Since its independence, India’s defence realists have adopted their own Monroe doctrine. They carved out South Asia and the Indian Ocean region as New Delhi’s sphere of influence and fought tooth and nail to keep other global powers away. One main reason for India’s decision to destabilize Sri Lanka in the 80’s was the then J R Jayawardene-administration’s tilt towards Washington. New Delhi remained a main non-Warsaw bloc ally of the Soviet Union until the collapse of the communist empire. Some of the Indian concerns that led to its intervention in Sri Lanka, such as the possible leasing of the Trincomalee oil tank farm to the United States and a setting up of the Voice of America Radio Station in Iranamadu were later addressed in the Indo-Lanka Peace accord, which brought an end to the Indian support to Tamil separatist groups. Some Indian observers have now alleged that the visits of Chinese submarines at the Colombo Port are violating the spirit of the 1987 accord. In an exchange of letters between the two heads of states as part of the Indo-Lanka Accord, Sri Lanka agreed that “Trincomalee or any other port would not be made available for the military use of any country in a manner prejudicial to India’s interests.”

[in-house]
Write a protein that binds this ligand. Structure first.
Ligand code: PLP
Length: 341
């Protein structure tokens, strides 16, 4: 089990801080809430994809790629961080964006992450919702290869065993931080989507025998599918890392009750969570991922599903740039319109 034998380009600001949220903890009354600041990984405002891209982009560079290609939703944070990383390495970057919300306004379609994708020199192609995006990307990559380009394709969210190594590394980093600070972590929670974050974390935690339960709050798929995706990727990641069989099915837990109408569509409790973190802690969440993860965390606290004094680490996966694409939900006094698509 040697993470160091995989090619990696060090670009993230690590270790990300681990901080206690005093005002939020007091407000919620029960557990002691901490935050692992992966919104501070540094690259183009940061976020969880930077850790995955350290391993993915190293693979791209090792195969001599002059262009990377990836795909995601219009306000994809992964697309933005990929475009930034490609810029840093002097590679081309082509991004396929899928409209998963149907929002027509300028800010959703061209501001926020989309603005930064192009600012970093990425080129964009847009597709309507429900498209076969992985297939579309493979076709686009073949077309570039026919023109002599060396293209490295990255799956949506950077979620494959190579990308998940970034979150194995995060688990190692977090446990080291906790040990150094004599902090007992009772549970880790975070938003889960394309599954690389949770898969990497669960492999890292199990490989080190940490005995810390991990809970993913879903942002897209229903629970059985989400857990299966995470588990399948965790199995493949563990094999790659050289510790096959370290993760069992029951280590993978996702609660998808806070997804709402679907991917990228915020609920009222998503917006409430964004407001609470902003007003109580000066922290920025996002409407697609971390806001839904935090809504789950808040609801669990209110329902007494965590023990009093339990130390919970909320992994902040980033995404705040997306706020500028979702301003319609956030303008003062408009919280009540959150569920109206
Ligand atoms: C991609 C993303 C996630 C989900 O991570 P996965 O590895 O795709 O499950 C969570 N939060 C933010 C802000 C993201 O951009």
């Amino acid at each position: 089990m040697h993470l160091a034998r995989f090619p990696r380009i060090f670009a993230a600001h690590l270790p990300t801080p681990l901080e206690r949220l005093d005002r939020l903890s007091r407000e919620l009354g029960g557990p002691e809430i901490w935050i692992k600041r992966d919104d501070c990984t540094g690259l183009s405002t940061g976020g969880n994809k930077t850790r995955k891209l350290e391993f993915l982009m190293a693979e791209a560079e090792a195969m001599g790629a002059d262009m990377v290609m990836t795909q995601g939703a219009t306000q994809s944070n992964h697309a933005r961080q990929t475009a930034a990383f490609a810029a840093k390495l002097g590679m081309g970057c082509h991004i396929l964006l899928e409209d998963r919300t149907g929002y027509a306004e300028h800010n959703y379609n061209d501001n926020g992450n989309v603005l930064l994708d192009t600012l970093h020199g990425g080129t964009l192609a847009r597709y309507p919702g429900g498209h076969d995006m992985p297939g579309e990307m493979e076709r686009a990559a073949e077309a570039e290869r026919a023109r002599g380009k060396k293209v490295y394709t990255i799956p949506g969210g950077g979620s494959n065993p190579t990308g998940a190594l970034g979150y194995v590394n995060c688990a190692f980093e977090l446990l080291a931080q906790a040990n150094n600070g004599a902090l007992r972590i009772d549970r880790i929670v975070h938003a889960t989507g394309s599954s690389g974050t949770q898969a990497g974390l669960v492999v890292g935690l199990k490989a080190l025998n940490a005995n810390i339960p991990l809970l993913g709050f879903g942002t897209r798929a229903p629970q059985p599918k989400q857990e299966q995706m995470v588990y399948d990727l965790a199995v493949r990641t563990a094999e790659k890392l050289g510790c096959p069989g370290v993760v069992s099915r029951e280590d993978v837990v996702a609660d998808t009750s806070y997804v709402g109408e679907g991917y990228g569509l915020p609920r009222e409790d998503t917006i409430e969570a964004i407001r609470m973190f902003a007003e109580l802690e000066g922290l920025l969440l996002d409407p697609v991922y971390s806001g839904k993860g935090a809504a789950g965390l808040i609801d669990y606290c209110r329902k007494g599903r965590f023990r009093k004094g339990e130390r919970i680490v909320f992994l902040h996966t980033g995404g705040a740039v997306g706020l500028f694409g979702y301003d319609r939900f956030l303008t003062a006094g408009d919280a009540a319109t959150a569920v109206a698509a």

The Indian reaction towards the Chinese is a text book case of the realist theory of international relations. Realists claim that states are rational egoists whose primary objective is survival. Since the ordering system of the international system is anarchy, which means that there is no central authority or a world government over the sovereign states, as states function within a self-help system -- meaning that they should look after their interests on their own. And, states are closely observing the behaviour of other states and depending on the changes in the power of the other, each makes adjustments on its own power (primarily its military power). To offer a different analogy; states behave in the international system, pretty much the same way that competitive firms act in a modern market. Their failure to make adjustments, could well send firms into bankruptcy, likewise, the failure of the states to make adjustments in relations to the changes in the relative power of its counterparts would be costly (though only few states have lost their existence by playing blind to those systemic signals, many have suffered badly)
So as the rising China is expanding its reach to India’s backyard and beyond, New Delhi’s sensitivities are understandable.